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Donna Shibuya

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Children conceived in rape, incest, one-night stands still want to live!

Donna Shibuya

July 26, 2019 (Save the 1) — I was an abused baby. After my mother had me, she was out on the street. She lived with some man rumored to be a pimp and would leave me alone with him every day. My grandmother's sister would come by and check on me. She said when she'd get there, I would be crying with a diaper that looked like it had not been changed for hours.

I think I was about 10 months old when the fire happened in 1967. When a group of children playing nearby heard me crying, they called 911. I was found alone by firefighters in a smoldering apartment in Compton, California. The fire department had found me alone and tied with wire by the leg to a vacuum cleaner.

For approximately one month, I was placed in the care of the County of Los Angeles and called, "Jane Doe," until my identity and my family's identity could be determined. I was placed with a foster family — the same family into which I would be adopted years later. After about a month, the Sheriff's department found my family and gave me to my grandmother who said she would care for me, "until my mother got herself together."

My birth name was Donna Ann Barnes.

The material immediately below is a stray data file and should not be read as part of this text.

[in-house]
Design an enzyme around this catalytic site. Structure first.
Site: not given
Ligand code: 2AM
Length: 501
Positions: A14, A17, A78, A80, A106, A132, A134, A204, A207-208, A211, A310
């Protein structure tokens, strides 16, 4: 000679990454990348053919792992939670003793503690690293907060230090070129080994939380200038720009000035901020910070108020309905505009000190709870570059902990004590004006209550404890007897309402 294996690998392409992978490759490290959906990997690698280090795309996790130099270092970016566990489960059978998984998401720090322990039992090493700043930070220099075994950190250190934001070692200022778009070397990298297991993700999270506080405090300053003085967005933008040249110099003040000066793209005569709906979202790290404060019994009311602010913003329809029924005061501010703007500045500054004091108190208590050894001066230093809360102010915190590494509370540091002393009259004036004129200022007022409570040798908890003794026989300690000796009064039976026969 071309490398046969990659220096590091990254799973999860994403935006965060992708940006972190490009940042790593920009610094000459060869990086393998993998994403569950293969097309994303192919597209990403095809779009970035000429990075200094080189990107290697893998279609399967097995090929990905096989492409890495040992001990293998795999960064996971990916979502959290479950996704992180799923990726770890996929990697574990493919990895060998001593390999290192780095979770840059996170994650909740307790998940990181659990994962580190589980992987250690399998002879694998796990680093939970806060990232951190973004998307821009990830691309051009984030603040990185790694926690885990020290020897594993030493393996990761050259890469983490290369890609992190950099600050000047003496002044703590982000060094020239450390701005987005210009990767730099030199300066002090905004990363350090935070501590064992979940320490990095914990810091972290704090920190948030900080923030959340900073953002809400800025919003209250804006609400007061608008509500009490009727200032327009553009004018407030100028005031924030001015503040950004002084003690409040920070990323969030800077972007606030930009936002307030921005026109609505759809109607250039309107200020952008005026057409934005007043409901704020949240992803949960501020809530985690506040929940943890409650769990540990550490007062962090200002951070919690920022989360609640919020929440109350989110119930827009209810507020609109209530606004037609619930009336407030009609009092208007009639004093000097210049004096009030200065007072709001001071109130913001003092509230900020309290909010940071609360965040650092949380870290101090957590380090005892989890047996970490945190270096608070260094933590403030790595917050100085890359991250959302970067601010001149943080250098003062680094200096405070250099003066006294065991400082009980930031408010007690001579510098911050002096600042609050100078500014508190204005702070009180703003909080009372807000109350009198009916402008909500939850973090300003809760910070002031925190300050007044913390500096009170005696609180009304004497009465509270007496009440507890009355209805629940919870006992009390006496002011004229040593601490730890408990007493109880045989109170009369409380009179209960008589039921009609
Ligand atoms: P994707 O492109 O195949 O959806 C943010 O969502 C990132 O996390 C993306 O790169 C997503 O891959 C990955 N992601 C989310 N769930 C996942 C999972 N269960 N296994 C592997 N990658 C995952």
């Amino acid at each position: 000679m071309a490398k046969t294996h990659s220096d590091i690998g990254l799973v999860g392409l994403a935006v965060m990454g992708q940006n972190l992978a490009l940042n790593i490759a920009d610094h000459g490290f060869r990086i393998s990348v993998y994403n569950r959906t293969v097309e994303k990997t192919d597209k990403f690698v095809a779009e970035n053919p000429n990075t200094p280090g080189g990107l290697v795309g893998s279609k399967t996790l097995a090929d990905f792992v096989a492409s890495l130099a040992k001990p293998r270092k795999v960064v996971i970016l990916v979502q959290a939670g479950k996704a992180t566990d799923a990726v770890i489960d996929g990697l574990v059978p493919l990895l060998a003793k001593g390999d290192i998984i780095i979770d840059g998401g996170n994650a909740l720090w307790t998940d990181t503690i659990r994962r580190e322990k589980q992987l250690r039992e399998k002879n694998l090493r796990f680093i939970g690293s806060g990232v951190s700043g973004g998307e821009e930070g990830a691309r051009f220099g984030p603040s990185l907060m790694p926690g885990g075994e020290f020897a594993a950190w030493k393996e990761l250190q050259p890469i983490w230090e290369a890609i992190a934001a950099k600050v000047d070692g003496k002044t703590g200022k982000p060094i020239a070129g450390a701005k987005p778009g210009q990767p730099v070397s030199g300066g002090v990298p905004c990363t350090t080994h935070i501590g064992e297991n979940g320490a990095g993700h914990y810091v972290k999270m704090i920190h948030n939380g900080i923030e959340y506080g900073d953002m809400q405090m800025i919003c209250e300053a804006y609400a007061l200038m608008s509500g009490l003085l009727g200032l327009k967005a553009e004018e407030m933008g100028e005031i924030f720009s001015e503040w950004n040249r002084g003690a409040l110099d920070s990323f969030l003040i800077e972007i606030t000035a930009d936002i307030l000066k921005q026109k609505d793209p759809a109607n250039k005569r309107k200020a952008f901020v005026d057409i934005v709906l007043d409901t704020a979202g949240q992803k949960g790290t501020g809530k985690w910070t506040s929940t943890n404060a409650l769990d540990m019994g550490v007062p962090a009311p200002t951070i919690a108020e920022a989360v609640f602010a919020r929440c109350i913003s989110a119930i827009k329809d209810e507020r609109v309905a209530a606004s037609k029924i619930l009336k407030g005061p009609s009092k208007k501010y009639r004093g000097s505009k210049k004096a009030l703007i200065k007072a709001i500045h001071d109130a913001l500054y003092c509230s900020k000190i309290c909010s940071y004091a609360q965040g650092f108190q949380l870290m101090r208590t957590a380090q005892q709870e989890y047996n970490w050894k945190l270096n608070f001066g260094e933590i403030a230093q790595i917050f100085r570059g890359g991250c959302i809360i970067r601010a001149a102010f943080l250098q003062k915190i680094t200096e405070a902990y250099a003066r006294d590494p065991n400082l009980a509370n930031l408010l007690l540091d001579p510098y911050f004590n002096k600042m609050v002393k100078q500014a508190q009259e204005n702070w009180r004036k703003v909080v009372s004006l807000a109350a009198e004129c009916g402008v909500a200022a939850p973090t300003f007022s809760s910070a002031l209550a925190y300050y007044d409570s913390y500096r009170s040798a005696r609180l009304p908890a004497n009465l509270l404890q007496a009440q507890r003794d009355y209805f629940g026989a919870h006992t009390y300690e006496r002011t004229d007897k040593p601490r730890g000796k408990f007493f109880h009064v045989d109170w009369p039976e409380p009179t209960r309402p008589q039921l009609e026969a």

I initially found out the history of my early life from my adoptive mom and the court records she had saved. When I was 37 years old, I finally began doing my own research with guidance from my law enforcement coworkers, trips to the Hall of Records and by locating and talking with people from both sides of my family. The most overwhelming news I received during my search was the fact that the mother and grandmother I had fantasized all my life about meeting, had both passed away before I'd even reached my fifth birthday. That really hurt and I mourned my loss even though it had happened so long before.

I was also shocked to learn that my birthmom's father was her blood related father, not her step-father like I had always believed. This meant that my conception had been the result of my 16-year-old mother's incestuous rape by her own father (my grandfather.)

My mother Linda shamefully hid her pregnancy for the full 9 month term; her mother did not know she was pregnant until the night she went into the hospital complaining of "stomach pain." Afraid of her father, she told those around her that she didn't know who the father was. But at some point, she secretly told her neighbor and my social worker that she had become pregnant by her father. Her mother's rejection and support of her rapist father devastated her and eventually led to her drug addiction, prostitution, homelessness and death by suicide at age 21.